Systems to monitor the progress of targeted groups and individuals and ensure that social interventions are meeting the needs of the poor, vulnerable and marginalised are therefore inadequate.

Recommendations proposed for action by regional and international organisations include:

  • Enhancing the efficiency of social protection instruments through more effective coordination and consolidation of such programmes and institutional capacity building at the regional level.
  • Improving on evidence-based policy-making informed by results from the interpretation and analysis of timely, accurate and reliable data.
  • Investing in producing a summative poverty reduction handbook or video that is an easily accessible hands-on tool that targets policy-makers and practitioners.

Among the recommendations for action by governments that were also put forward are:  

  • Continue efforts at understanding poverty from both qualitative and quantitative perspectives and approaches needed, but with increased efforts at integrating both methods.
  • Facilitate a regional community of practice promoting social protection/safety net as an integral strategy for growth and development. This could be facilitated via Basic Needs Trust Fund (BNTF) as the driver.
  • Promote the development of a labour market information system (LMIS), which can result in greater levels of efficiency and informed training programmes resulting in enhanced school-to-work transition, especially of youths and young adults.
  • Restructure active labour market programmes to facilitate not only access to employment, but also various skills training, including entrepreneurial skills and access to start-up capital for small and medium enterprise (SME) development.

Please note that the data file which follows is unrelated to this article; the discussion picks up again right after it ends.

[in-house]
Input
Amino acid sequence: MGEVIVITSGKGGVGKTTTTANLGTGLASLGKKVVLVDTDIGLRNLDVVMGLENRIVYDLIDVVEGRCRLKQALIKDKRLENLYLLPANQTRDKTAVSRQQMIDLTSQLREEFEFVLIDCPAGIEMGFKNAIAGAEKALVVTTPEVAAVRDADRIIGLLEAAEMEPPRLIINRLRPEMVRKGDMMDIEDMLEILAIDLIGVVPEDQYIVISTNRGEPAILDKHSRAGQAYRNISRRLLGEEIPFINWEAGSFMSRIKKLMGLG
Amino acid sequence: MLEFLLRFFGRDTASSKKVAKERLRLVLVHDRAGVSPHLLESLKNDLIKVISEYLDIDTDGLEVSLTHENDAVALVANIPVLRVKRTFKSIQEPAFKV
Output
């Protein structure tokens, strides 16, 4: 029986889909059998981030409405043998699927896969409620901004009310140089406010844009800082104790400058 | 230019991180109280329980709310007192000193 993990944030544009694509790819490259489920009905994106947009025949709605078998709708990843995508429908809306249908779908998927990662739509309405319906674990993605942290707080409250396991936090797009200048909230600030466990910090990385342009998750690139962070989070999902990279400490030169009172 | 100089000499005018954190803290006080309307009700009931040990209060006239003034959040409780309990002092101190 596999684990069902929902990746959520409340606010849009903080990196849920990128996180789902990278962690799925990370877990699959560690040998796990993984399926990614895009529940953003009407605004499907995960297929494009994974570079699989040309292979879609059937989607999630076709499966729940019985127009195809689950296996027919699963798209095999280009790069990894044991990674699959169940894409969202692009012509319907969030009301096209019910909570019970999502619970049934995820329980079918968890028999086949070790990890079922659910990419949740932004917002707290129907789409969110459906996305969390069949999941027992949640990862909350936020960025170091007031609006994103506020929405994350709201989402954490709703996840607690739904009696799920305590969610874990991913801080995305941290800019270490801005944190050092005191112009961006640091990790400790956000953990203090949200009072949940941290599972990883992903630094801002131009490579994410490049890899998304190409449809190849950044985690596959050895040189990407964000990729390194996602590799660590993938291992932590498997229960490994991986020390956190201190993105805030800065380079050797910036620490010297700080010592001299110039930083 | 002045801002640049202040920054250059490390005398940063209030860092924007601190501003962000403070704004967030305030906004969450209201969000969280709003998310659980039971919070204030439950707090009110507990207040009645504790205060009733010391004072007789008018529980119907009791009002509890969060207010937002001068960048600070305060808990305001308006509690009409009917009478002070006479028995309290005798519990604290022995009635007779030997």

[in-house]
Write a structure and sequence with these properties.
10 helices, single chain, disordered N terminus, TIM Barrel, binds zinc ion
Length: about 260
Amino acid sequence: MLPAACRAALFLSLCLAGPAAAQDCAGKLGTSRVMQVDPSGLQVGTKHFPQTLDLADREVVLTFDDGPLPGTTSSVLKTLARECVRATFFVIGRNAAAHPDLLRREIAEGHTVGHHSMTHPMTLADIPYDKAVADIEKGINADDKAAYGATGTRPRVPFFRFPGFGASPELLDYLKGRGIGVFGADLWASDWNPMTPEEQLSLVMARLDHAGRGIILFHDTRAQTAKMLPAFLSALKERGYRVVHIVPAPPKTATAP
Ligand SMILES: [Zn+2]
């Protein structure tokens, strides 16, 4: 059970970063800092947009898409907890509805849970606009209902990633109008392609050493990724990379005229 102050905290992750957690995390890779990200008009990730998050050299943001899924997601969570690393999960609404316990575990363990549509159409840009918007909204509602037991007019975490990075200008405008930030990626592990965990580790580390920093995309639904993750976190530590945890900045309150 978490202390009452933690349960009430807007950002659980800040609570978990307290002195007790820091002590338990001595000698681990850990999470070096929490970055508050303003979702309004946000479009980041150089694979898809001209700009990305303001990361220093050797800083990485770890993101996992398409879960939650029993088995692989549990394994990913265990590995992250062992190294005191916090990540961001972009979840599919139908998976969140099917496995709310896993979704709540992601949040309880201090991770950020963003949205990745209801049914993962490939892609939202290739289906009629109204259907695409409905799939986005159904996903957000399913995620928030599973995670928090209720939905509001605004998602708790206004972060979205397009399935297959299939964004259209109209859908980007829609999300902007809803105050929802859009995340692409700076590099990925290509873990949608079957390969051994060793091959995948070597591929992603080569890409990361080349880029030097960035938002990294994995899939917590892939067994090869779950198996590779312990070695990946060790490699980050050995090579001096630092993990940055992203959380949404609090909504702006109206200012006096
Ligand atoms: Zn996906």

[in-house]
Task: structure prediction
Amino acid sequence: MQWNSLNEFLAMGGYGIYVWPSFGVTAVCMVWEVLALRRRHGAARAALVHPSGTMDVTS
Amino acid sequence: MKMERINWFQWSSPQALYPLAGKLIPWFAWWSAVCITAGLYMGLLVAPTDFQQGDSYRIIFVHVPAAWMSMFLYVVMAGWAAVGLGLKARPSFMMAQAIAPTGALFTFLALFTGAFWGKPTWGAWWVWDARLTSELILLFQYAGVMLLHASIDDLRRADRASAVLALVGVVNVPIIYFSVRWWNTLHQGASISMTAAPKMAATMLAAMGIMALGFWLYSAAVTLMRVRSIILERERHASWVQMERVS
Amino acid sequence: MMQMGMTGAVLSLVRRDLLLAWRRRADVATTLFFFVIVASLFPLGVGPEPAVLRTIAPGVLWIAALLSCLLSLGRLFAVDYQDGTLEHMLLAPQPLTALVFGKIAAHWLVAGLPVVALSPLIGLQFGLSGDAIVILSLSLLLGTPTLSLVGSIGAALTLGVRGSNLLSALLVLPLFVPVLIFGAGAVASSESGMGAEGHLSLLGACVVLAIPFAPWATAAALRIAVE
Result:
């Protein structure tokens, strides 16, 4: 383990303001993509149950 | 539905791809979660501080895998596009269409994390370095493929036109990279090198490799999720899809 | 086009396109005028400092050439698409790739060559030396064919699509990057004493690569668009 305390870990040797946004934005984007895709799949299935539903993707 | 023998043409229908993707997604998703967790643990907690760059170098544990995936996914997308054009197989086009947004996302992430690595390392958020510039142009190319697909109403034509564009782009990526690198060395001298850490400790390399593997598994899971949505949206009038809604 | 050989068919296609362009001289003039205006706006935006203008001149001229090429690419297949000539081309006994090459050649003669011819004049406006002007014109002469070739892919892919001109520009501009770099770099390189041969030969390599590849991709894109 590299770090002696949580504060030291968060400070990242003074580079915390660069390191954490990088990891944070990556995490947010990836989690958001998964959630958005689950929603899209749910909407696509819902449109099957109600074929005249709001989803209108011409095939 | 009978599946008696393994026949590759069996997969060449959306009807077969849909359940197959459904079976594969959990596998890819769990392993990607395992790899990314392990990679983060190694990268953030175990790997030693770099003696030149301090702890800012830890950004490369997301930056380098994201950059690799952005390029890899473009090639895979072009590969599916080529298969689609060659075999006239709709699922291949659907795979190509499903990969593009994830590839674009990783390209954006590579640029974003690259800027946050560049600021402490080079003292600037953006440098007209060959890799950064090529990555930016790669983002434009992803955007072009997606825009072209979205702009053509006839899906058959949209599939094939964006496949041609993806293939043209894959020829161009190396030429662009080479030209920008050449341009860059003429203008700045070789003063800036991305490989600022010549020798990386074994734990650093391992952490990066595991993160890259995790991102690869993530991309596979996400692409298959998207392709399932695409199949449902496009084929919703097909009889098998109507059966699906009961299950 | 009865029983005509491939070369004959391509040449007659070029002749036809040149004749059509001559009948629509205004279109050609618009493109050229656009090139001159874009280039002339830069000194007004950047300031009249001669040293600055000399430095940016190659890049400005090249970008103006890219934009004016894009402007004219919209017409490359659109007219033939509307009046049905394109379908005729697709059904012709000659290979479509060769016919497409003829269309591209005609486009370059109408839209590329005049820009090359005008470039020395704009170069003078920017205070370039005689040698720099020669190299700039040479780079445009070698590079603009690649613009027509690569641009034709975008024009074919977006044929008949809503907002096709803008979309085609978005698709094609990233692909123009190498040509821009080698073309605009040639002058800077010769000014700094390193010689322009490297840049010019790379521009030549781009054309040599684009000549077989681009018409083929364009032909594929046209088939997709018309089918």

• Forge partnership with the private sector in providing access to small start-up capital for SME development. Support apprenticeship programmes in the private and public sector that are linked to secondary schools and universities.
  • Support gender equality in the labour market, political representation/appointment in Parliament and the elimination of violence against women.
  • Promote policies that eliminate child labour and keep children in schools, as well as policies to encourage positive parenting and educate caregivers on the negative impact of child labour. This will also require addressing youth and adult unemployment in these heads of households.
  • Enhance the coverage of social protection/safety net programmes to build resilience and reduce vulnerabilities to covariate and idiosyncratic shocks and risks.
  • Reduce duplication of programme administration and harmonise the social protection/safety net programmes to better serve beneficiaries and increase efficiency.
  • Strike a balance between universal and targeted interventions. Basic programmes in health, education and nutrition should continue to be universally available, but attempts should be made to ensure that the poor are not excluded. The School Lunch Programme is a good example of striking the balance where all students can access the programme, but poor students are exempted from the financial contribution.
  • The poor and vulnerable should also be encouraged to make greater use of family planning and reduce teenage pregnancies through greater utilisation of community health aids and centres and make use of legitimate opportunities to exit povertythe study proposes.